The theme throughout the series had been Pakistan’s top-order struggles against South Africa’s strong pace attack. 78 for 5, 73 for 5, 73 for 5, 75 for 5, and 48 for 5, they kept finding themselves at situations where even remarkable and record-breaking partnerships weren’t enough to take them home. Once the top-order has been blown away by the South Africa bowlers, it felt like they were fighting a lost cause to salvage some respectability.
The tour started with Pakistan losing their regular skipper in Bismah Maroof as she opted out of the tour for personal reasons, ahead of the T20I series they lost the stand-in captain Javeria Khan to an index finger injury. Aliya Riaz taking over the duty didn’t bring any change of fortunes for the side, they were poor on the field - with the exception of Diana Baig, they kept repeating the same mistakes, the batting order came under scrutiny, non-selection of someone like Syeda Aroob Shah also led to criticism from various quarters. So, all in all, whatever can go wrong has gone wrong.
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Although Pakistan’s lower-order resistance took matches closer than they would have liked, South Africa weren’t made to work hard with their plans and continue to enjoy the unbeaten run in the series despite some lapses on the field from their part too. Shabnim Ismail and Marizanne Kapp have been exceptional throughout the series and took it one notch up in the T20I leg with Ismail bringing up her career-best figures in the second match. But they weren’t made to work hard by the Pakistan batters, Omaima Sohail looked promising in the first two ODIs, but once the South Africa pacers pulled back the length, she had no answers. Ayesha Zafar’s dismissals against Ismail in the first two T20Is have been a perfect example of Pakistan’s inability to learn from their mistakes.
On the batting front, Tazmin Brits has been the most impressive of the batters for the hosts with two fifties on a surface that didn’t seem conducive to stroke play with its slow, tacky nature. Making the most of the opportunities, she ran hard in the first match as boundaries were hard to come by and gradually opened up in the second match at the back end to guide South Africa to a competitive total.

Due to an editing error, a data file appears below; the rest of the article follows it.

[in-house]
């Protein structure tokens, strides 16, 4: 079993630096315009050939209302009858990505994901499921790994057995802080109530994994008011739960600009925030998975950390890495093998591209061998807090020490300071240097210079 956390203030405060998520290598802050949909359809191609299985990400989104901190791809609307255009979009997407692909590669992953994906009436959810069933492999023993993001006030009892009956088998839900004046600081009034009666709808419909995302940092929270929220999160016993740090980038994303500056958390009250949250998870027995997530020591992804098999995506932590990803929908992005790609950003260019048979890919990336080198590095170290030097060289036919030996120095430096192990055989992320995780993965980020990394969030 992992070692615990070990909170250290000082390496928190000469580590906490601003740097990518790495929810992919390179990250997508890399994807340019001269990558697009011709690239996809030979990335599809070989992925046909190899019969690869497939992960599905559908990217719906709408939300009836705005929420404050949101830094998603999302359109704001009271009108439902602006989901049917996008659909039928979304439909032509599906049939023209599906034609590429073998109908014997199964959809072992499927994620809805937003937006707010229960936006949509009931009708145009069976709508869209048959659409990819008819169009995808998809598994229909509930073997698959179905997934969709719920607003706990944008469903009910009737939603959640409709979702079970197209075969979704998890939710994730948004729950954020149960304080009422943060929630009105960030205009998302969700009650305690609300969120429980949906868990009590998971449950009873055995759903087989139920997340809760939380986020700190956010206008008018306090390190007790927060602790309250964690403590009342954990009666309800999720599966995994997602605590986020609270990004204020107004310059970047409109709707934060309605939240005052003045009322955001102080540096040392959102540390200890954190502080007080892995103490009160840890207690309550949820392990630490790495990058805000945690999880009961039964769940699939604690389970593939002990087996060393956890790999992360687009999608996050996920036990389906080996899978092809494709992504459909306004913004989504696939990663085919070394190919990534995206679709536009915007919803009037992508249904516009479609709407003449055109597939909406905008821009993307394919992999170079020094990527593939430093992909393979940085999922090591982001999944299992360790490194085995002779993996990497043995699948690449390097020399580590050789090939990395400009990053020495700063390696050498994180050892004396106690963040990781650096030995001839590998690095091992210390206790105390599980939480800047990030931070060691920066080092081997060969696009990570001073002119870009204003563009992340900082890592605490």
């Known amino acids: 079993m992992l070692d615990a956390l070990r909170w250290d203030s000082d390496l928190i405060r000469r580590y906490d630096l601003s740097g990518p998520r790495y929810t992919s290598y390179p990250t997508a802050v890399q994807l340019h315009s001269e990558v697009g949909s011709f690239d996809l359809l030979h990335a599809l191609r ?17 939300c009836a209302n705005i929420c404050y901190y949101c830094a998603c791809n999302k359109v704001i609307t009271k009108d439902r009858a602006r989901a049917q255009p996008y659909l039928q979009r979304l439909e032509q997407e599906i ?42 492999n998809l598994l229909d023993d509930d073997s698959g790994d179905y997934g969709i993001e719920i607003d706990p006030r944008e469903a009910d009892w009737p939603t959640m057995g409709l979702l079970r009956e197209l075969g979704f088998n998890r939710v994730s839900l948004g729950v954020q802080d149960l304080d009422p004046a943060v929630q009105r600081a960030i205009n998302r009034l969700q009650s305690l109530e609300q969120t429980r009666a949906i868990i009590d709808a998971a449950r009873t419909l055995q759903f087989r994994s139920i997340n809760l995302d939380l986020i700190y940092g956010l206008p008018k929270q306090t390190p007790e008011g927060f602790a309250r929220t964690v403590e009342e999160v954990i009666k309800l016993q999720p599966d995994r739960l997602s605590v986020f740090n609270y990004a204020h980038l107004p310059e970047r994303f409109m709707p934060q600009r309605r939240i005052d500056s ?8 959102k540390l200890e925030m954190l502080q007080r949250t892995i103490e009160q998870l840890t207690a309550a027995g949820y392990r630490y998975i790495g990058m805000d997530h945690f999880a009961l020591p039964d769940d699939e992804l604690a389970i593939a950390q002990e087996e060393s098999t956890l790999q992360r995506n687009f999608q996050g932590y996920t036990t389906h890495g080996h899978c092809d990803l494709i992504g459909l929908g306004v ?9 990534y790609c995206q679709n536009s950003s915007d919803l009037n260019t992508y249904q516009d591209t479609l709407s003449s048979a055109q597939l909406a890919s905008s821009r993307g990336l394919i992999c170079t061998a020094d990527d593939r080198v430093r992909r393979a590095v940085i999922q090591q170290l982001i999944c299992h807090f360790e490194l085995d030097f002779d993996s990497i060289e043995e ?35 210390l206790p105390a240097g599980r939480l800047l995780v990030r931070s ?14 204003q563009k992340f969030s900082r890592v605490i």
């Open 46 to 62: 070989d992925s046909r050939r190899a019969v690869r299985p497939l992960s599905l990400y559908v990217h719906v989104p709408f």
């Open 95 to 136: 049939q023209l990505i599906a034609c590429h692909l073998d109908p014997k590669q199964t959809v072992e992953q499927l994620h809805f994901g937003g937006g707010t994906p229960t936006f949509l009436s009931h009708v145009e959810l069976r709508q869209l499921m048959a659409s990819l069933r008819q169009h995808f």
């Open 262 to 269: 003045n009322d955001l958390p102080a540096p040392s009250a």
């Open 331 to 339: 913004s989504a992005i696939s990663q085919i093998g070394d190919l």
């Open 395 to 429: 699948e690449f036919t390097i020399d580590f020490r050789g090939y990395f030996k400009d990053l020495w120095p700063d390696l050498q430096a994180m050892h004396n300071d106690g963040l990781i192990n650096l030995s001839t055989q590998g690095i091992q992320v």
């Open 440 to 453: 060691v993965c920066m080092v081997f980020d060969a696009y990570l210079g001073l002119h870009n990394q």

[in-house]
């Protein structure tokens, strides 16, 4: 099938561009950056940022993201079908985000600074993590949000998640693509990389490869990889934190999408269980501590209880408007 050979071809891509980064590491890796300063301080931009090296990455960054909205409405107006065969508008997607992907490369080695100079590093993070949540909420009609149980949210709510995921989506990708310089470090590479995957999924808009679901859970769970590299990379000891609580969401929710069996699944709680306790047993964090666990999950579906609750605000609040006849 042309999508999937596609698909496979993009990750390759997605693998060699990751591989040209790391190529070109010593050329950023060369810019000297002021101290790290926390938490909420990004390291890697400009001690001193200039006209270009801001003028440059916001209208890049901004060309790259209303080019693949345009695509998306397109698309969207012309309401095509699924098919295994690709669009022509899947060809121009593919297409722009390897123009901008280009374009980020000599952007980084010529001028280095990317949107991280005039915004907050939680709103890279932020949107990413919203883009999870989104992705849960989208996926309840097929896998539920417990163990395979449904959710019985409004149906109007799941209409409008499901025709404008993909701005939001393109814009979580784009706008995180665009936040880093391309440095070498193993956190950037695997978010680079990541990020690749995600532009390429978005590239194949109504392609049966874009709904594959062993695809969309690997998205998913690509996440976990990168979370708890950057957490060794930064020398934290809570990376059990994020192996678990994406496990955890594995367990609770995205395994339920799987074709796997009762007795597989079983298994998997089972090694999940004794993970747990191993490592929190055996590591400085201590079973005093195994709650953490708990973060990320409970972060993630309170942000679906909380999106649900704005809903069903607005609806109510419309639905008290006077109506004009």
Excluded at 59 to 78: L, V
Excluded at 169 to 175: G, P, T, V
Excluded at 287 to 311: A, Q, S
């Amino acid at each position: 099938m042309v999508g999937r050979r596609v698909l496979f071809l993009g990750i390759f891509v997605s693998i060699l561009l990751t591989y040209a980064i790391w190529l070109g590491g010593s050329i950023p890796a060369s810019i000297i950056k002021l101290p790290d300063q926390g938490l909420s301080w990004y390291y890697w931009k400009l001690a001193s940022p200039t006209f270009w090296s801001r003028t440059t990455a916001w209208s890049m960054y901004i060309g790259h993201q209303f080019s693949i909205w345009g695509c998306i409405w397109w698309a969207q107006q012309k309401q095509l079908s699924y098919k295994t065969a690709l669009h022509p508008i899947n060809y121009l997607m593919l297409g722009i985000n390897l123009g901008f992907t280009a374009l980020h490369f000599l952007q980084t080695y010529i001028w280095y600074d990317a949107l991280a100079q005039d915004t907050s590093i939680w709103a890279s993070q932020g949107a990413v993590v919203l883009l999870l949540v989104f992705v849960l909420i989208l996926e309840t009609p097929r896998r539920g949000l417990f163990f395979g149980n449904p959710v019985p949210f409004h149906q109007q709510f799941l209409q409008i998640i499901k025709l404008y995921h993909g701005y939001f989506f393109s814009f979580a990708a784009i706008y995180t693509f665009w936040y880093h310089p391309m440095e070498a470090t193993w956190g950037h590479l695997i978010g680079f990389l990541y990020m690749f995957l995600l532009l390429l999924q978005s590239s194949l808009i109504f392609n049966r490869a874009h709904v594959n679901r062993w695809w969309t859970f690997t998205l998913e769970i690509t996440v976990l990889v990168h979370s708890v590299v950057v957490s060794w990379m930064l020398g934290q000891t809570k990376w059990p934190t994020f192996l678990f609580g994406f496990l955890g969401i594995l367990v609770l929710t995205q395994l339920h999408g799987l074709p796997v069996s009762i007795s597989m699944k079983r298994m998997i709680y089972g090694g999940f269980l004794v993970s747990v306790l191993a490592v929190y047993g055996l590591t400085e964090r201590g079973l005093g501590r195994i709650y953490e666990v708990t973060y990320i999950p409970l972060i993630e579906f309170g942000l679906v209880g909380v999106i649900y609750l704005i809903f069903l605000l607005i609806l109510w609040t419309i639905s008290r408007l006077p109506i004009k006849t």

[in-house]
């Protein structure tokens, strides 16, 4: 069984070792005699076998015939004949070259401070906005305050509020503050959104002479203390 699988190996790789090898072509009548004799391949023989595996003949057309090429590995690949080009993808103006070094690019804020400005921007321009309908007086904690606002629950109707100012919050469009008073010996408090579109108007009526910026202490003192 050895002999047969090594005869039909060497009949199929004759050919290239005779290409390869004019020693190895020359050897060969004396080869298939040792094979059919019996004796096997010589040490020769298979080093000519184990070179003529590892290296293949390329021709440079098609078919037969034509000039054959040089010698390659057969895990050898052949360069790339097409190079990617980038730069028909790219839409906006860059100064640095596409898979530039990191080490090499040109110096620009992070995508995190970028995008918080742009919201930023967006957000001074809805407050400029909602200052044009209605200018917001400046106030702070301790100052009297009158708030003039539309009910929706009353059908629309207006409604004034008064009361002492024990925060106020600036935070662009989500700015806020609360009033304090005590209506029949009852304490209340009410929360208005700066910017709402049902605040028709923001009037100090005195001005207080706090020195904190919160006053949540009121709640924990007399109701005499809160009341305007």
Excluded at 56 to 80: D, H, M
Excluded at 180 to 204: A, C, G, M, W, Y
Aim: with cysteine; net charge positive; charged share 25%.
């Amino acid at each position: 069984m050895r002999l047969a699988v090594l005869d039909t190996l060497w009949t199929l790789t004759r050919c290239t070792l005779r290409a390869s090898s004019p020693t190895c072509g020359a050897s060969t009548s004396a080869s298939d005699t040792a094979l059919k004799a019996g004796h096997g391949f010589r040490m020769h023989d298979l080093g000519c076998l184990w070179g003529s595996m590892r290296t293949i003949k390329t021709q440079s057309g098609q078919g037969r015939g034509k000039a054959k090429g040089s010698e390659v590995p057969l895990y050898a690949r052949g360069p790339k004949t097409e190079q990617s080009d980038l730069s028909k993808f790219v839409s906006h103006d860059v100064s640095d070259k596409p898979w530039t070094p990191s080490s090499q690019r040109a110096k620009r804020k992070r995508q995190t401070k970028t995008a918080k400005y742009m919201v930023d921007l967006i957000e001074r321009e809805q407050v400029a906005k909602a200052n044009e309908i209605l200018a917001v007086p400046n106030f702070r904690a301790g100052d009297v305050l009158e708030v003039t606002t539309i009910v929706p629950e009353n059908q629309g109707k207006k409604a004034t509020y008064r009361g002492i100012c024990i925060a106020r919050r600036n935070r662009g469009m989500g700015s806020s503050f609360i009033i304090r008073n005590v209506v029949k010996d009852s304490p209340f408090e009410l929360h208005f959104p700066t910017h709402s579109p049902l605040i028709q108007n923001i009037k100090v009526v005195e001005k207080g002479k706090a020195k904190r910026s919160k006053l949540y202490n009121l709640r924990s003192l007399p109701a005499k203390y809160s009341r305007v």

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For Pakistan, young Ayesha Naseem has been the one bright spot during the T20Is so far. She looked at home at the crease and was not afraid to take on the bowlers, her 22-ball 33 in the second match was particularly impressive although she found herself at the wrong end of an Ismail bouncer in the final over of the match. While Pakistan might be tempted to push her up the order, they might be better of pushing the likes Nida Dar and Riaz to bat in the top four and control the innings than having to come in after a collapse.
After bagging the ODI series, South Africa made a few changes in the final ODI, so similar changes can be expected in the final T20I. Nadine de Klerk, who has been impressive in recent times, must be eager to get a look in along with someone like Anneke Bosch. The slower nature of the surface at the Kingsmead might see them also wanting to bring back Nonkululeko Mlaba to combine with Nondumiso Shangase. Pakistan will keep their fingers crossed for the return of Javeria and Aroob Shah might finally get an opportunity to show her credentials with the ball.
Will South Africa complete another whitewash or can Pakistan go into the Zimbabwe series with a consolation win?
South Africa: Sune Luus (c), Laura Wolvaardt, Trisha Chetty (wk), Mignon du Preez, Shabnim Ismail, Lizelle Lee, Ayabonga Khaka, Masabata Klaas, Nadine de Klerk, Tumi Sekhukhune, Sinalo Jafta (wk), Marizanne Kapp, Lara Goodall, Nondumiso Shangase, Nonkululeko Mlaba, Faye Tunnicliffe, Anneke Bosch, Tazmin Brits.
Pakistan: Javeria Khan (c), Aimen Anwar, Aliya Riaz, Anam Amin, Ayesha Naseem, Ayesha Zafar, Diana Baig, Fatima Sana, Kainat Imtiaz, Muneeba Ali (wk), Nahida Khan, Nashra Sandhu, Nida Dar, Omaima Sohail, Sadia Iqbal, Sidra Nawaz (wk) and Syeda Aroob Shah.